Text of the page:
Batman v Superman: Dawn of Justice, 2016
Directed by Zack Snyder
Starring Ben Affleck, Henry Cavill, Amy Adams, Jesse Eisenberg, Gal Gadot, Diane Lane, Laurence Fishburne, Jeremy Irons, Holly Hunter, Scoot McNairy, Tao Okamoto, Lauren Cohan, Jeffrey Dean Morgan, Ray Fisher, Jason Momoa, Ezra Miller and Callan Mulvey.
Fearing the actions of a god-like Super Hero left unchecked, Gotham City’s own formidable, forceful vigilante takes on Metropolis’s most revered, modern-day savior, while the world wrestles with what sort of hero it really needs. And with Batman and Superman at war with one another, a new threat quickly arises, putting mankind in greater danger than it’s ever known before.
It was always going to be divisive. The very first big-screen mash-up between DC Comics’ most dynamic and revered superheroes has carried the weight of a studio’s plan for almost two years and finally the “greatest gladiator match in the history of the world” is here, staking its claim to be the first of a new expansive cinema odyssey that Warner and DC hope will rival those pesky Marvel kids. And what better way to start than with a Son of Krypton versus Bat of Gotham showdown, a fight to end all fights. Shoehorned? Maybe. Worthwhile? Absolutely. Execution? Sadly lacklustre.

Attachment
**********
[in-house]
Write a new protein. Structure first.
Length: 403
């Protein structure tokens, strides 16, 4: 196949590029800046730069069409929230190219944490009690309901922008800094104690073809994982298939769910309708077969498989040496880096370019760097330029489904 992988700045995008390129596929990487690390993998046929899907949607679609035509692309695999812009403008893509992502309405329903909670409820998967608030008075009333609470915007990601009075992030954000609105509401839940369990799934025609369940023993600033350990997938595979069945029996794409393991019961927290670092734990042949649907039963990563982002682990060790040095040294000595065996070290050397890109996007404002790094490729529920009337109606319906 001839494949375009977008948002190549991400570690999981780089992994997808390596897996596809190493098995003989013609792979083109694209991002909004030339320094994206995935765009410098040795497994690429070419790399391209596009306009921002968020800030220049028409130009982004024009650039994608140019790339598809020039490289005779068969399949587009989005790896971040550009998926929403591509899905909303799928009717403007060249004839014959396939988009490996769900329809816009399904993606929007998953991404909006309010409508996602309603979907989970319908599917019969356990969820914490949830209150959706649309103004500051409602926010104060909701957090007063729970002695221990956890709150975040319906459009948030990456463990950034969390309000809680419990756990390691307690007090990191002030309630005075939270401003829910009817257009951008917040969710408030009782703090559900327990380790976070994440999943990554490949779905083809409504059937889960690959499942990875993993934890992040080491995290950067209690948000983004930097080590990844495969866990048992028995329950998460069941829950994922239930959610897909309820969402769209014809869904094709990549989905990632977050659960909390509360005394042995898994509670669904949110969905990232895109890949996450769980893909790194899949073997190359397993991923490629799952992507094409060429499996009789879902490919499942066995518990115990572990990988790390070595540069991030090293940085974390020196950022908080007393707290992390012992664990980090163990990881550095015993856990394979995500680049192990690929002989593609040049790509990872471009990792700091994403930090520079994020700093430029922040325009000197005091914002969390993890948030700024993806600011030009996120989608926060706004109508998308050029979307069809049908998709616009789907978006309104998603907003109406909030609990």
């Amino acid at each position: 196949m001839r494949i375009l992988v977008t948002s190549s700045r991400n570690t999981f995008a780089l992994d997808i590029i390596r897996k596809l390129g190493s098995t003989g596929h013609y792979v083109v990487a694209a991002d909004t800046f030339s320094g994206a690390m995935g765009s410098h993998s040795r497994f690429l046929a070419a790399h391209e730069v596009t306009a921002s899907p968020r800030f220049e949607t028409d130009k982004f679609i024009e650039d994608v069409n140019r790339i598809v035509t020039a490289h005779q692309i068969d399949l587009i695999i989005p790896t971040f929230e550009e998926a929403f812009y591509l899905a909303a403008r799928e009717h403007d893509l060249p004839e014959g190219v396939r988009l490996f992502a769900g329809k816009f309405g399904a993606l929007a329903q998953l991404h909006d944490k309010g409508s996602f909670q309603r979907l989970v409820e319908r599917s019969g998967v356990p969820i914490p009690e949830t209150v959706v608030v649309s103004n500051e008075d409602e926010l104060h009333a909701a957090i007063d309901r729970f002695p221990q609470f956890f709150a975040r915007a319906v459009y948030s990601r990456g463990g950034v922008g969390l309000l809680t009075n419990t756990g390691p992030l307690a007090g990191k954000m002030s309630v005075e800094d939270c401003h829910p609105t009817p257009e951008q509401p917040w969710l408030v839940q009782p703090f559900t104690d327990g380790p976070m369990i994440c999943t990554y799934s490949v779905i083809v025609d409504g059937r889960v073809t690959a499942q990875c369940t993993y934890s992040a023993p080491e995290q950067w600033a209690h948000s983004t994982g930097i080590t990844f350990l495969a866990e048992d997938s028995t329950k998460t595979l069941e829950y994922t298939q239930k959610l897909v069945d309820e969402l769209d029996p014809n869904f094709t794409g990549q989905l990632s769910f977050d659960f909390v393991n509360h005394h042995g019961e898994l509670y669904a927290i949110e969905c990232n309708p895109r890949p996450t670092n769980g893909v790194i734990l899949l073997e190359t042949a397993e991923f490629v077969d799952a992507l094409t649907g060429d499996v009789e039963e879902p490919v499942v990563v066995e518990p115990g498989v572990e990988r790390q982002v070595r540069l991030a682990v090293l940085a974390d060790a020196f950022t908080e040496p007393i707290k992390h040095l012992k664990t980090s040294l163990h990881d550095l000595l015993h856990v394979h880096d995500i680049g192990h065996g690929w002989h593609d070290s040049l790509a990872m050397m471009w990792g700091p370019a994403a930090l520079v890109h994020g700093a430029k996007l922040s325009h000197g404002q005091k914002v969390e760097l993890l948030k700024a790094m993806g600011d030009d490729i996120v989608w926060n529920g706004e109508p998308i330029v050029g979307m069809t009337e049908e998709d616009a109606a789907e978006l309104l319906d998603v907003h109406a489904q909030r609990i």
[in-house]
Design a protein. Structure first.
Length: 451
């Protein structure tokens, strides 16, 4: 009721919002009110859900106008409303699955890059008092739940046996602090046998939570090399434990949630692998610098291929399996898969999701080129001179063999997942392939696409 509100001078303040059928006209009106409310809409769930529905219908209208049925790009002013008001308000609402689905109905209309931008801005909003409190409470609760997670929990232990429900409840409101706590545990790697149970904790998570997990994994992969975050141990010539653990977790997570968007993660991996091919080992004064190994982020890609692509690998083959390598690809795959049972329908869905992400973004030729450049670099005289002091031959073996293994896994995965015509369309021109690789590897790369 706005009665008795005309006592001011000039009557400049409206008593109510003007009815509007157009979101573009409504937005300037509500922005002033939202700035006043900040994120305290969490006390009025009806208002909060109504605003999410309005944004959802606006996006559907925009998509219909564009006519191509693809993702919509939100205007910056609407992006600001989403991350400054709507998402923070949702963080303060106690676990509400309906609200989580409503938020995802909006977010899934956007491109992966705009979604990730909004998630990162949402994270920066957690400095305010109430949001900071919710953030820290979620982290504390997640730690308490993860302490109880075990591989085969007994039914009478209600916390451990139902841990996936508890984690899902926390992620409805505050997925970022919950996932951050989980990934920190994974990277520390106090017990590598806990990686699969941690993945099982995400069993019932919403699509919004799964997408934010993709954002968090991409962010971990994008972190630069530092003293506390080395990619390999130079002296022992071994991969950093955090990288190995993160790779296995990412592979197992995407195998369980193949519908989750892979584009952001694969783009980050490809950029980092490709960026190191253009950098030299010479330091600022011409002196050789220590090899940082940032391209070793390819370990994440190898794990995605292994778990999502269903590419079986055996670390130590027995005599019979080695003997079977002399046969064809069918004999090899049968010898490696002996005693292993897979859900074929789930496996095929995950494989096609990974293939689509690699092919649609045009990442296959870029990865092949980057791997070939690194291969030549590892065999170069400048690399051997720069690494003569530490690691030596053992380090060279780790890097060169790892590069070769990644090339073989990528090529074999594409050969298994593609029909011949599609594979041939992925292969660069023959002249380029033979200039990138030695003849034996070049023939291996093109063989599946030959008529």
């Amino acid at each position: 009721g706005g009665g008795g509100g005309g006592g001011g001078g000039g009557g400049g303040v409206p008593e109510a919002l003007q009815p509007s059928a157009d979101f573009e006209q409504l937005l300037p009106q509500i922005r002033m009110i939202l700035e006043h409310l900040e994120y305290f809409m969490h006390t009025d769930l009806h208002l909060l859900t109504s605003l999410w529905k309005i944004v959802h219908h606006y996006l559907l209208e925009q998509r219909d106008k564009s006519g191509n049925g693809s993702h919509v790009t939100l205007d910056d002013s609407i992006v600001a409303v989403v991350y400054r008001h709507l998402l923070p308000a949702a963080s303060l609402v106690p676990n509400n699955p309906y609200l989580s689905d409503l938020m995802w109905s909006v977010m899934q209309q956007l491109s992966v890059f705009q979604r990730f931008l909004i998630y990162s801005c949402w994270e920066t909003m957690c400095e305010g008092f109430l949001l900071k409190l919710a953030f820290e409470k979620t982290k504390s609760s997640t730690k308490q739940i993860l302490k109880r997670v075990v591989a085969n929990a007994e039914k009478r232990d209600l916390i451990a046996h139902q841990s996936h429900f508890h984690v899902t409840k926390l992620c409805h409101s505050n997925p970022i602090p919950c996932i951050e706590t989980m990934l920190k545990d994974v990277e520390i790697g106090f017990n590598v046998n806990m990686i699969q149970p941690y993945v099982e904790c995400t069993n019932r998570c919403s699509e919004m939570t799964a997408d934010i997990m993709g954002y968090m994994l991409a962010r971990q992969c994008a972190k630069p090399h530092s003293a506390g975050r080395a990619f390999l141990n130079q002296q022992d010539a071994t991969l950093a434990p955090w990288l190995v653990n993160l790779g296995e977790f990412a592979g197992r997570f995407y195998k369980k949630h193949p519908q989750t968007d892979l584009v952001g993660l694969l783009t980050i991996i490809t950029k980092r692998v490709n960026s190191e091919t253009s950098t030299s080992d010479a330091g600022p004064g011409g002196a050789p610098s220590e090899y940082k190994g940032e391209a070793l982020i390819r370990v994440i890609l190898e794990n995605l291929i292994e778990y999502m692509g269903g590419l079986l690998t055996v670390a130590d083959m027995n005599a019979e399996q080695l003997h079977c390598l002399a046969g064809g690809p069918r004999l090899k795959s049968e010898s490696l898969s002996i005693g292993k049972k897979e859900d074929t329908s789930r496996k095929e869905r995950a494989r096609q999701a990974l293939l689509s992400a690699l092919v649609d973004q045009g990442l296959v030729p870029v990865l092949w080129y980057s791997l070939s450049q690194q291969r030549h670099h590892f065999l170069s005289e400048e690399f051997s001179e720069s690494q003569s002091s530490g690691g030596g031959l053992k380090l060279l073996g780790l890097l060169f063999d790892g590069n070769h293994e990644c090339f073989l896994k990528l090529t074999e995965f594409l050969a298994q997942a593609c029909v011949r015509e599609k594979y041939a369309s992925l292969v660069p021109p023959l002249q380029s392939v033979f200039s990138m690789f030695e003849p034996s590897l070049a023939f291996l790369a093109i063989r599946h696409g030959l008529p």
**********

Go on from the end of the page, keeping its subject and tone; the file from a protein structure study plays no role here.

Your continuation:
It’s impossible to say Batman v Superman: Dawn of Justice is a bad film but it walks a fine line as early promise falls away, suffocated by Snyder’s need for visual niceties and its over-complicated, scattered storylines. Frustratingly, all the ingredients are here: after the fallout from Superman and Zod’s nauseating acrobatics at the end of Man of Steel, the world is split. Saviour of false god? Bruce Wayne (Affleck) has his thoughts of the arrival of an alien “who could burn the place down”particularly with his first-hand experiences of Metropolis’ destruction (one of few true exhilarating moments). Queue brutal training montages and glitzy parties as the two heroes are drawn closer together by circumstance, politics, fearful public outcry and the maniacal mind of Lex Luthor (Eisenberg) to their inevitable face-off.
Affleck, with a new suit inspired by Frank Miller’s The Dark Knight Returns that’s bursting at the seams, is tremendous as the new Dark Knight, more brutal and unforgiving (controversially, mind) than previous incarnations. Butchered and bruised emotionally and physically from two decades rampaging through the streets of Gotham, he is as close to the fine line of vigilante and criminal than he has ever been, his mind fractured from deaths, “freaks dressed like clowns” and vivid nightmares as to what could lie ahead for mankind. His zippy relationship with tech-savvy Alfred (a delightful Jeremy Irons) adds much to proceedings, and if such sequences can be repeated for a new solo Batman film, there many yet be hope for this rushed universe.
Eisenberg’s Luthor is essentially Mark Zuckerberg if Zuckerberg had been the one fired from Facebook, seething with anger and disgust for both Batman and Superman and determined to place himself as puppet master. Like the film, Eisenberg’s tics and nuances leave many irritated and divided over his decisions but his performance works great here, having a whale of time cunning and conniving under his long blonde tresses and white sneakers.